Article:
News - Regulation
Eric Daniels, Lloyds' former chief executive, will lose £580,000 or 40% of the 2010 bonus he was due to be awarded in deferred shares.
Daniels is taking the biggest hit with four other directors set to lose around 25% of their awards and all other members of the group executive committee to give up 5% of their 2010 bonues.
Lloyds said: "The bonus pool for 2011 will reflect a further reduction in respect of the above mentioned provision, which will affect all individuals eligible to be considered for a discretionary bonus for that year.
"The Board wishes to emphasise that its decision is based entirely on the principle of 'accountability'and in no way on culpability or wrong-doing by the individuals concerned."
The board said its decision was based on the outcome of the Judicial Review into Payment Protection Insurance (PPI) in April 2011.
"Had the consequential provision made been effected at the time of the award of the 2010 bonus in February 2011, the bonus pool would have been lower and individual bonus awards would also have been lower," said a Lloyds spokesperson.
The FSA has urged banks to claw back bonuses paid out to those who were in charge when Payment Protection Insurance was sold, but no bank has done so until now.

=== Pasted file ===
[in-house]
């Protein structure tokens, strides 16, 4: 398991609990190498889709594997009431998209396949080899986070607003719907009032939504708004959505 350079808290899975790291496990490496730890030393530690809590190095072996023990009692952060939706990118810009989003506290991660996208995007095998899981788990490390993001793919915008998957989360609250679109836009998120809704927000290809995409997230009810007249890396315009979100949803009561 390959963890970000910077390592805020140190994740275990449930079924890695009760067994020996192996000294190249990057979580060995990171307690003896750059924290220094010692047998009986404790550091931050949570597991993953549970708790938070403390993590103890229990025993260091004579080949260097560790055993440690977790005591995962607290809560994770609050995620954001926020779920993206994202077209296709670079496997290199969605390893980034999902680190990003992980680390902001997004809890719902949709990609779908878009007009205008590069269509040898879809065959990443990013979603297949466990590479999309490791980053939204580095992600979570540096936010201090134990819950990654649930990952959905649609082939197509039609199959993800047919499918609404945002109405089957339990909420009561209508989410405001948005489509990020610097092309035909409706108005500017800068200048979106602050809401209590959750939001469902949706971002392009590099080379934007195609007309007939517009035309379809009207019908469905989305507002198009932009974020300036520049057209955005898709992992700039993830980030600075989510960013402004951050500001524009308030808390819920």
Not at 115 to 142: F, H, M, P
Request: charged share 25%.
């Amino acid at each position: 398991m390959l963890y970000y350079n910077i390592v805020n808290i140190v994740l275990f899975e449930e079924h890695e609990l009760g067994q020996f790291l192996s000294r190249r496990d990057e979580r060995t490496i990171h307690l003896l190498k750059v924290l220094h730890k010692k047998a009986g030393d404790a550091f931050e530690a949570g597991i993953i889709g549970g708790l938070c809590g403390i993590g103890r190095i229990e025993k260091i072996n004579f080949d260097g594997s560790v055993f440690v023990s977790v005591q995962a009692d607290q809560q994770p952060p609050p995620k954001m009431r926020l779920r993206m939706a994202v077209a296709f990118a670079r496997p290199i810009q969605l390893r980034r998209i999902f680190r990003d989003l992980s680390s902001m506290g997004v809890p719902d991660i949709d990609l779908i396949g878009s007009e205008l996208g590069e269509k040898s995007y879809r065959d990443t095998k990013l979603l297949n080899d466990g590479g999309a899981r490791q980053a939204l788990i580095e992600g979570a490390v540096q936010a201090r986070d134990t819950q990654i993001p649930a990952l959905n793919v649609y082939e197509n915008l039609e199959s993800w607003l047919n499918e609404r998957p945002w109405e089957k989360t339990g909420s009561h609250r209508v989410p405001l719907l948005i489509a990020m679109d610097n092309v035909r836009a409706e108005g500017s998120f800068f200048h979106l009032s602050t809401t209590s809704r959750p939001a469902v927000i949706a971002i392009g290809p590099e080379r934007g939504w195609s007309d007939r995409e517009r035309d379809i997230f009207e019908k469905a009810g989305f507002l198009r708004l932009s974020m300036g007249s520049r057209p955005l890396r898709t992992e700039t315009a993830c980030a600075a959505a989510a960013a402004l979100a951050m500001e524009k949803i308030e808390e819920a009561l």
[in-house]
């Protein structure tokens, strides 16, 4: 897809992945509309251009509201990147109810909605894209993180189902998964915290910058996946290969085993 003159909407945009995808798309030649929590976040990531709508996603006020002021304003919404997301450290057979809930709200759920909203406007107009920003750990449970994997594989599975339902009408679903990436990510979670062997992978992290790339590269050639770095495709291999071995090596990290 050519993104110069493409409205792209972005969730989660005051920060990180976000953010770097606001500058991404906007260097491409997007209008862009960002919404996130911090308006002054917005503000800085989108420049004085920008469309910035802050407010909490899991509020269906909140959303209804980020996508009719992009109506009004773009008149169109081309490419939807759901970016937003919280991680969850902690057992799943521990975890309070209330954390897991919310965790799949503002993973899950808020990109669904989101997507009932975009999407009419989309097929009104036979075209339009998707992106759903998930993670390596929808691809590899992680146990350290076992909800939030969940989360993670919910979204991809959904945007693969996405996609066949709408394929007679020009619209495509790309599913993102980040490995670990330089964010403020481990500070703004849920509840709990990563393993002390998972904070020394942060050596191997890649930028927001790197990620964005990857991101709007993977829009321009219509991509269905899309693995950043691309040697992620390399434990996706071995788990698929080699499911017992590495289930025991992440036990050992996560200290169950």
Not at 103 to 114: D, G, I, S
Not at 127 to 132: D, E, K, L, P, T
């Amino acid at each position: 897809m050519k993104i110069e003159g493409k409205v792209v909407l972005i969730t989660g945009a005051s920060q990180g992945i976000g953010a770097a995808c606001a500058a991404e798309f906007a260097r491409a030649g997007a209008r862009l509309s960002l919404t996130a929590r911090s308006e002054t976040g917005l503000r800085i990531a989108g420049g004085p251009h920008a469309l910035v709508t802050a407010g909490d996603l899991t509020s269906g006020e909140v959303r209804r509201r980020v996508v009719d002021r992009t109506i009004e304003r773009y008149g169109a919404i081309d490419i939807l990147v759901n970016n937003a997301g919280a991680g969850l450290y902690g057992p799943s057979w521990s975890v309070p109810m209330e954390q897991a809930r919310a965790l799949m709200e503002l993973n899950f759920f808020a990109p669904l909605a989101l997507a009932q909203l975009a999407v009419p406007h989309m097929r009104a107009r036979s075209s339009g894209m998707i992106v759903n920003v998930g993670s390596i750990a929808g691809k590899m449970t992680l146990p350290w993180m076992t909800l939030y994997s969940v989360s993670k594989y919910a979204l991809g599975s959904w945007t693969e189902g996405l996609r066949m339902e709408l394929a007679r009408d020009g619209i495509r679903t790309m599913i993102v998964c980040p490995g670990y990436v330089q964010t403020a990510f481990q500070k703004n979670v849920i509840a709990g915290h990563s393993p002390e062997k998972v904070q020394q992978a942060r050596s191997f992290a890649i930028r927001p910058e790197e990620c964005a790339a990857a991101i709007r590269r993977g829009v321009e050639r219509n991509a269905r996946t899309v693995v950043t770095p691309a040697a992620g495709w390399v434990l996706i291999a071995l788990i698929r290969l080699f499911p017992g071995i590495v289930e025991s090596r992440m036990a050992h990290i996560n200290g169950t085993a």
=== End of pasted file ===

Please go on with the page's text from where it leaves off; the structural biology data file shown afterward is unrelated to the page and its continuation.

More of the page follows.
Lloyds directors who will lose a quarter of their 2010 bonuses are Tim Tookey, the outgoing finance director, Helen Weir, the former head of the retail bank, Truett Tate, the head of Lloyds' corporate and investment bank who retires this month, and Carol Sergeant, Lloyds' former head of risk.
According to the Telegraph, Tookey will forgo £235,000 of his £942,000 bonus, Tate £260,000 of his £1.05m award and Weir £218,000 of her £875,000 bonus. Sergeant is also thought to have had to hand back about £100,000.
The bank is able to claw back the bonuses, made in shares, because the award was released over three years, so future payments will not now be made.
The decision could pave the way for clawbacks at rival banks. Royal Bank of Scotland, which is 83% owned by the taxpayer, was the second largest player in the PPI market behind Lloyds.
Lloyds, which is 41% state owned, is expected to announce around a £4bn loss this Friday as a result of the scandal, while RBS is forecast to post a loss of up to £1bn.
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